Written By: Jacob Rogers
Edited By: Jeffery Habenicht
On November 18th-20th, 2011, Major League Gaming hosted a Starcraft II tournament in Providence, Rhode Island, where over 250 professional players competed for a $100,000 prize. Starcraft and Starcraft II (collectively “Starcraft”) are a pair of video games set in a futuristic universe in which players compete against each other by controlling armies of humans with advanced technology or one of two alien races, the enigmatic Protoss, or the swarming Zerg.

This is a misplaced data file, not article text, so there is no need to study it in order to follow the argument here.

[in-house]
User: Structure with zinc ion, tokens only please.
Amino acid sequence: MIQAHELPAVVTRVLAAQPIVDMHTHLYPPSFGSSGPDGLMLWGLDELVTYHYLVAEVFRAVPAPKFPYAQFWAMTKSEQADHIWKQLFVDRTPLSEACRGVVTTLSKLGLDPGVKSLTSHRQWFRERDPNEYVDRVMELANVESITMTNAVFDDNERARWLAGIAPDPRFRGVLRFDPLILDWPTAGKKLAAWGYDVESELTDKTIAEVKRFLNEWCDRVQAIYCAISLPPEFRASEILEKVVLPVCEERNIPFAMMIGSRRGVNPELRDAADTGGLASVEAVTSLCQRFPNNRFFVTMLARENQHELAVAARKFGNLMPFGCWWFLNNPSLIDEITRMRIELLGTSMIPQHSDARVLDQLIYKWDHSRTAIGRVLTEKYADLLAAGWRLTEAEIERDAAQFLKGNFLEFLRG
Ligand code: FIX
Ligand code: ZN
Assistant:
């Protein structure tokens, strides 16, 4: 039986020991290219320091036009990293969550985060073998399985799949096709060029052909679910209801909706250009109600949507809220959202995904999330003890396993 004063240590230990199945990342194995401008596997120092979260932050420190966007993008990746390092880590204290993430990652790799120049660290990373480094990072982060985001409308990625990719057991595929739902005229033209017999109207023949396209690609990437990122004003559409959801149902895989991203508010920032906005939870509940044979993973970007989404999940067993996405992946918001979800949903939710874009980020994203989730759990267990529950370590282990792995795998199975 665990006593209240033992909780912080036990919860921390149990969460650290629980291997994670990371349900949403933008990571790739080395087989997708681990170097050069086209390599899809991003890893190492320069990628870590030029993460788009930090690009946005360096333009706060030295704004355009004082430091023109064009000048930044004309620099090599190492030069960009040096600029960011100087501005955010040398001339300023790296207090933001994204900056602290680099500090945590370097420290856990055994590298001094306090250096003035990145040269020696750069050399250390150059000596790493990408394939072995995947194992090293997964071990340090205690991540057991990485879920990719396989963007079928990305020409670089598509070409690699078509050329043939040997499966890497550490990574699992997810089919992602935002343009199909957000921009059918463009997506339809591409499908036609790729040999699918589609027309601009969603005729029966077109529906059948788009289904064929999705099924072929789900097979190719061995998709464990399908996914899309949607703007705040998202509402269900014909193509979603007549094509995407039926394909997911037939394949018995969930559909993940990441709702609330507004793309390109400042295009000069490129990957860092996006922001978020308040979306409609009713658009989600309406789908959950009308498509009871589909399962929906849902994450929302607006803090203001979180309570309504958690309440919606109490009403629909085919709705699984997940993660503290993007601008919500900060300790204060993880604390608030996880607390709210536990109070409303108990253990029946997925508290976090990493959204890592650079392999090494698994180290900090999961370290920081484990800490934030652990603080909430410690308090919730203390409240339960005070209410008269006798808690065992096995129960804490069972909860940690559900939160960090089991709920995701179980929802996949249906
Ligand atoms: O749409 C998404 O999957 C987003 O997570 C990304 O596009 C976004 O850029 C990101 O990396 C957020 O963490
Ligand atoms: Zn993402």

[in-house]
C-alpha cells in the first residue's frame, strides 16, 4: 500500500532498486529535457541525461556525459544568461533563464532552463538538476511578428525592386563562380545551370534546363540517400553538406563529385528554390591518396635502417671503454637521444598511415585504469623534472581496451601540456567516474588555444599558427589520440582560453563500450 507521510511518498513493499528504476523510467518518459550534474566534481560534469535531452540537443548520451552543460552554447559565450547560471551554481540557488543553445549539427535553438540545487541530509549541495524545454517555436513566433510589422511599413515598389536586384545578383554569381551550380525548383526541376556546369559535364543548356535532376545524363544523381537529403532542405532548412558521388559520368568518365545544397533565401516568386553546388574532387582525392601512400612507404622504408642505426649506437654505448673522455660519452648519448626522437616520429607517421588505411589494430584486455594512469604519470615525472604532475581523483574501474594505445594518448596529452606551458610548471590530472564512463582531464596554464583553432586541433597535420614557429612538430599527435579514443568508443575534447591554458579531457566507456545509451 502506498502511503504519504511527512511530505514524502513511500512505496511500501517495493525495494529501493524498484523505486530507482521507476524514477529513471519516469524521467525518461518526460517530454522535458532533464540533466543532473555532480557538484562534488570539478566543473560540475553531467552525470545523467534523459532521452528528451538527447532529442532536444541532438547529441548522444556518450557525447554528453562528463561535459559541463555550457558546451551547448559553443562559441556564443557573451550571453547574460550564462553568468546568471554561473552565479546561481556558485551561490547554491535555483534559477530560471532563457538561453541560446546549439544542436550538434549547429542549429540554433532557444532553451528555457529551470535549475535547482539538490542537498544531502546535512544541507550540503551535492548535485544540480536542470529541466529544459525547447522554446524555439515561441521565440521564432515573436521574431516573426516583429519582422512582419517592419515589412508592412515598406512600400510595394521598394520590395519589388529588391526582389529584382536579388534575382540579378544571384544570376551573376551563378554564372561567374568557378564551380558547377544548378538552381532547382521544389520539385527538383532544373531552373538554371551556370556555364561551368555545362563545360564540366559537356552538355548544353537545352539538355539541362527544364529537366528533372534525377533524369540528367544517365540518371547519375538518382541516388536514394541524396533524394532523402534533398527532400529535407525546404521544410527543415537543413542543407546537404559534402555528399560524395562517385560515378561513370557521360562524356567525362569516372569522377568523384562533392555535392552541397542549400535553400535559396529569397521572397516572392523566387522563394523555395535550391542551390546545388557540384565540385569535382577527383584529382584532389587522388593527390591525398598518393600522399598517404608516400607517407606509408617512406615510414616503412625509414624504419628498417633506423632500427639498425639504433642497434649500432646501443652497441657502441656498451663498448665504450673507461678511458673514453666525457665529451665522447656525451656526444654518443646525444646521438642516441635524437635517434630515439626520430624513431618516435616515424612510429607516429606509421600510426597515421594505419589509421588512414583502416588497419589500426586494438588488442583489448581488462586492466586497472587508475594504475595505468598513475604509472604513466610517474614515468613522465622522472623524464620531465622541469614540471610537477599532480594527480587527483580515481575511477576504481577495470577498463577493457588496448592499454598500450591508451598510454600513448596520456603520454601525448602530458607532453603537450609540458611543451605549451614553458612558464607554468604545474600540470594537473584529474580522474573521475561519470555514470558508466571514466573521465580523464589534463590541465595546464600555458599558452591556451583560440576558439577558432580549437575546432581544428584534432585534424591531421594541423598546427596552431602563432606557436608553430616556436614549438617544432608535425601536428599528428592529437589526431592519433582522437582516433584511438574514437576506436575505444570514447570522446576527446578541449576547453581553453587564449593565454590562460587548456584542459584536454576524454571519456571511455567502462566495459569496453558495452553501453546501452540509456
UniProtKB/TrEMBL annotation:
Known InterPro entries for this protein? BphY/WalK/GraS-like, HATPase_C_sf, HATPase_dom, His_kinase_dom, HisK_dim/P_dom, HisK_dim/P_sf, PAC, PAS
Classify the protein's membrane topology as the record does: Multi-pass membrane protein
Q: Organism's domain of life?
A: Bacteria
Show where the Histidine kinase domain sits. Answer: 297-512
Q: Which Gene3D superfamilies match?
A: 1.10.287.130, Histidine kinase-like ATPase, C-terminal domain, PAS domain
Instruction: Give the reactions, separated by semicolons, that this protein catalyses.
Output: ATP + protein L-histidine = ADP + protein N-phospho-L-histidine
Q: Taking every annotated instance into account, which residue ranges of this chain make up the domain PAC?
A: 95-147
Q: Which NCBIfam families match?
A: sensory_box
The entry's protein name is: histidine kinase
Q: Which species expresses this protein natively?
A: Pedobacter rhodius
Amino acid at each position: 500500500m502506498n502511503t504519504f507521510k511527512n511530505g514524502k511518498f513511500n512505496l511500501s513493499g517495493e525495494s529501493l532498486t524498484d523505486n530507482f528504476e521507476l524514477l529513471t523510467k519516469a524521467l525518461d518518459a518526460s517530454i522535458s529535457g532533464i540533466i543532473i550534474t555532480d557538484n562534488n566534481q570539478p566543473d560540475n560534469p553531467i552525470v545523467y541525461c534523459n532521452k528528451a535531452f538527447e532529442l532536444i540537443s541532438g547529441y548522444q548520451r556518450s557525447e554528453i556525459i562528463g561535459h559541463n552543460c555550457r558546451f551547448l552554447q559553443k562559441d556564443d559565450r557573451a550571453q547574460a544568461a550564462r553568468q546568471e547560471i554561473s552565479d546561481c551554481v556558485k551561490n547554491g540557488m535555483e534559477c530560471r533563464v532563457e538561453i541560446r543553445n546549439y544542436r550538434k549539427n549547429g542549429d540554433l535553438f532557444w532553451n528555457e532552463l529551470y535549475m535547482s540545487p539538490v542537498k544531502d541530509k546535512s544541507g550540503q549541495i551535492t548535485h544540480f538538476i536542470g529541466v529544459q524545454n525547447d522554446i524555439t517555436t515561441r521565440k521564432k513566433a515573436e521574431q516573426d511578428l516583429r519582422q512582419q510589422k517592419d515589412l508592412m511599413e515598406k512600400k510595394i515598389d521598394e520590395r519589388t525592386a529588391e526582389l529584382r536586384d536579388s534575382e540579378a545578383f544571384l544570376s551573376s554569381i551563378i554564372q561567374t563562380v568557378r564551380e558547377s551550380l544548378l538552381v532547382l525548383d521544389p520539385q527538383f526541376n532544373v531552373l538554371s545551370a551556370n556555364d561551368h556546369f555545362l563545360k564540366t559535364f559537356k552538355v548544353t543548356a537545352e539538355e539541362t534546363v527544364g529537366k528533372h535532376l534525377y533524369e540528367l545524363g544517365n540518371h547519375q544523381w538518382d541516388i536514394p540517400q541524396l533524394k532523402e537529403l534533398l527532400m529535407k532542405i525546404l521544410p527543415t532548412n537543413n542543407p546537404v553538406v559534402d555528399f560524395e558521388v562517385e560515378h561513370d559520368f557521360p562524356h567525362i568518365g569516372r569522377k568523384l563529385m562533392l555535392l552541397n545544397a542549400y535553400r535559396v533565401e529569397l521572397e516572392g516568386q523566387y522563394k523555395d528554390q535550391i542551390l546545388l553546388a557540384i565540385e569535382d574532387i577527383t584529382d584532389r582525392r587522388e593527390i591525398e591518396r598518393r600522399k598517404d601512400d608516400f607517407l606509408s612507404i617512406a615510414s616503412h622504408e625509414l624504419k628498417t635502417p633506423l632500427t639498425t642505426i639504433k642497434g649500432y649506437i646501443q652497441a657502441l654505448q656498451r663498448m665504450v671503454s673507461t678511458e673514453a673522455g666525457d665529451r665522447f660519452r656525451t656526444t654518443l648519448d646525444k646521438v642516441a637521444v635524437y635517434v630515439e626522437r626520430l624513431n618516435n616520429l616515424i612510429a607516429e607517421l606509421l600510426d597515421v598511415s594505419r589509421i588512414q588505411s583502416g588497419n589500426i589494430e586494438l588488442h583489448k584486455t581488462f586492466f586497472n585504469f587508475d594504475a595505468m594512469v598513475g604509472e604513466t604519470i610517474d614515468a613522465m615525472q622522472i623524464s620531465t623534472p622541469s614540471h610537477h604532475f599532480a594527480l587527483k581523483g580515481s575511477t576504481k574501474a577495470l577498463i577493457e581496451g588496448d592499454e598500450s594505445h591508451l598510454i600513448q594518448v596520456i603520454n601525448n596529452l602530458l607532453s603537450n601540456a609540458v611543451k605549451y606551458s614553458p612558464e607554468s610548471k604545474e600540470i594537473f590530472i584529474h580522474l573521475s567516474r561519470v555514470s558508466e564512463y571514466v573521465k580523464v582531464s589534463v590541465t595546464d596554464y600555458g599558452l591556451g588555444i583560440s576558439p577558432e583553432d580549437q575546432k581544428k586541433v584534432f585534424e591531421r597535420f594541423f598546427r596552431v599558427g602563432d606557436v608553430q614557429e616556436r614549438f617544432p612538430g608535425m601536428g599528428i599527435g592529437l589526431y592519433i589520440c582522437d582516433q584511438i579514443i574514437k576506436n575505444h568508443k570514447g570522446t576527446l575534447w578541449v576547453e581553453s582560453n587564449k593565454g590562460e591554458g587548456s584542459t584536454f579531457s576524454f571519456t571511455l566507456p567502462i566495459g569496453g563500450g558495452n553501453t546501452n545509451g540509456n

This Comment addresses the legal ramifications of publicly broadcasted videogames used as a sport by analyzing Starcraft, one of, if not the most powerful professionally competitive game. Section I addresses the background of real-time strategy games (“RTS”) and provides an introduction to the professional Starcraft industry. Section II analyzes the recent lawsuit and settlement between Activision Blizzard, Inc. and Korean Starcraft broadcasters and considers how it might have been resolved had it not settled. Section III recommends a change to improve copyright law in light of the unique characteristics of game broadcasting. I argue that Starcraft has transformed into a quasi-public good with governmental, corporate, and private stakeholders, which should limit its creators’ right to enjoin its use through copyright law.